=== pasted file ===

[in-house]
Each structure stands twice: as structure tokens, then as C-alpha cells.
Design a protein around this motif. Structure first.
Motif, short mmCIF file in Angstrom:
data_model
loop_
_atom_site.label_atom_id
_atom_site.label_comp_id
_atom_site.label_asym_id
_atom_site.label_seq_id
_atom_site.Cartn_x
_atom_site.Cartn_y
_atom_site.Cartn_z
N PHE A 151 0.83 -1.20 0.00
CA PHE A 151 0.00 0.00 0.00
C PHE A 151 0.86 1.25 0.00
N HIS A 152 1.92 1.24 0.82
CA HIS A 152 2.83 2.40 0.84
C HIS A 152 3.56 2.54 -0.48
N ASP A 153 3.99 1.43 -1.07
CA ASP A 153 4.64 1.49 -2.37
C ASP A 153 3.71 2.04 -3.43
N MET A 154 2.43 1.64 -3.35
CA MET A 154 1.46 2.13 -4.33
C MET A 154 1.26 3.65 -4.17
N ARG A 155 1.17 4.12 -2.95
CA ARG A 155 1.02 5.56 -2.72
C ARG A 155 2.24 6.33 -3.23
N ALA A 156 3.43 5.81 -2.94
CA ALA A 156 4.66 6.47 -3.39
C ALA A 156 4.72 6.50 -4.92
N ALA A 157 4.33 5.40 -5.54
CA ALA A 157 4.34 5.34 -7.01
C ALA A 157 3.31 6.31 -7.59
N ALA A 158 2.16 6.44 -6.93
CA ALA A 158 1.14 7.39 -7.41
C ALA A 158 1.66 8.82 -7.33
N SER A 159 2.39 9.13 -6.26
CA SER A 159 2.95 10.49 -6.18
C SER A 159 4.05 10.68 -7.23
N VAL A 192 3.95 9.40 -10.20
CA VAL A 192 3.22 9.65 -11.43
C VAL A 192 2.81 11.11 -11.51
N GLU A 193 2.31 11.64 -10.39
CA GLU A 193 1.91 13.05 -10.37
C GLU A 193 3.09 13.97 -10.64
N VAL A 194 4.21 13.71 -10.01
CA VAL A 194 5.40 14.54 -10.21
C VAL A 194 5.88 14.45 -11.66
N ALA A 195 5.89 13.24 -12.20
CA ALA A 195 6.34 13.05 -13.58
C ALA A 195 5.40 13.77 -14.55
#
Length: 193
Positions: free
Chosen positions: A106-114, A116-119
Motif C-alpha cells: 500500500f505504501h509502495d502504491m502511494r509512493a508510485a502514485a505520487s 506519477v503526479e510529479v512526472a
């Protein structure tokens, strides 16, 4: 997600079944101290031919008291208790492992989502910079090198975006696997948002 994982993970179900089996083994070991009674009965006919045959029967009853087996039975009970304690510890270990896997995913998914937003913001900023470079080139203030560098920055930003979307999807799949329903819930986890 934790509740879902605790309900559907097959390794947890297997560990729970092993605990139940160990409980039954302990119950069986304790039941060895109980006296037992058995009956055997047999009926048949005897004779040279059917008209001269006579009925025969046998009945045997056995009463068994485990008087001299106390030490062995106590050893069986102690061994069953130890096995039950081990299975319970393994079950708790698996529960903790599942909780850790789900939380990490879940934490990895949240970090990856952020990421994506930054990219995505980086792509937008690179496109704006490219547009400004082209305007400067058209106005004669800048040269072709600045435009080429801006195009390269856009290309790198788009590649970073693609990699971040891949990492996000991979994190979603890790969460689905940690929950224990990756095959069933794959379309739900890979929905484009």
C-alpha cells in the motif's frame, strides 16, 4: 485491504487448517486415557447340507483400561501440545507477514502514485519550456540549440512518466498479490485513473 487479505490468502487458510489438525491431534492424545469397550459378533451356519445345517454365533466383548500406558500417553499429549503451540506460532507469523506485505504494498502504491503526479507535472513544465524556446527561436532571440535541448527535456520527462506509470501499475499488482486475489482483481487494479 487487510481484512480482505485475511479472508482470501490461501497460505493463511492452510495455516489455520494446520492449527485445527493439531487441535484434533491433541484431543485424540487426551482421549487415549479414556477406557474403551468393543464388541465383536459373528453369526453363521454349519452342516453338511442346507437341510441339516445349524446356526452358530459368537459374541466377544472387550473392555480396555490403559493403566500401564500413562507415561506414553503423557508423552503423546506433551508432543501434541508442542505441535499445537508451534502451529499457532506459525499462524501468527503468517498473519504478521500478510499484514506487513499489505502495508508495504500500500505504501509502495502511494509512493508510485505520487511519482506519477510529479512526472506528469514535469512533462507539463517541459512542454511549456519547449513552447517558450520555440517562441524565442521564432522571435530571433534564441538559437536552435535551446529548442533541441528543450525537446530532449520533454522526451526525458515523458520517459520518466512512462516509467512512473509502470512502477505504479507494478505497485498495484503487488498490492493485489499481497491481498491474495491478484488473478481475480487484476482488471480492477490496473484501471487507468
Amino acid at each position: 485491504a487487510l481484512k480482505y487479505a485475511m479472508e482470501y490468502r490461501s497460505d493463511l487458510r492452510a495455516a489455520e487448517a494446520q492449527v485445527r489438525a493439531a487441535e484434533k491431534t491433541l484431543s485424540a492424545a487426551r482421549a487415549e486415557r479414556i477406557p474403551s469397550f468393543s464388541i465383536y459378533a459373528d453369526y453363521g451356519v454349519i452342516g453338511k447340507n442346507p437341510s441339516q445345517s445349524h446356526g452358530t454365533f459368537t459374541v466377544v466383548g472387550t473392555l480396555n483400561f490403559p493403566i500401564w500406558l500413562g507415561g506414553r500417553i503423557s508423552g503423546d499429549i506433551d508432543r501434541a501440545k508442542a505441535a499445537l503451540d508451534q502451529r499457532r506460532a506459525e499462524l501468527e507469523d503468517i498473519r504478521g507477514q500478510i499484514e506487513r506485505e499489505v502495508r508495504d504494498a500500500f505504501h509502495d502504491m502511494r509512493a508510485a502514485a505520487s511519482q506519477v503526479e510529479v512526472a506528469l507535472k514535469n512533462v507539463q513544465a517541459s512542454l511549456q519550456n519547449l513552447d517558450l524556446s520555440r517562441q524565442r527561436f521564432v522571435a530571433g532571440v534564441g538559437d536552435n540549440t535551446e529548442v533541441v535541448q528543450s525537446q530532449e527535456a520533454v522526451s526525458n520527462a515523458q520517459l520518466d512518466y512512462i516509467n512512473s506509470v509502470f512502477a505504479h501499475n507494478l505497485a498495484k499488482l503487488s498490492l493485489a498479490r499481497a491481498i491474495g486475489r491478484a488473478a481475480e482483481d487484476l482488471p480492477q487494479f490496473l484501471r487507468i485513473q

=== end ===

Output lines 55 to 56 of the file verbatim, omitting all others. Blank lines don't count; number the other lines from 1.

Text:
Positions: free
Chosen positions: A106-114, A116-119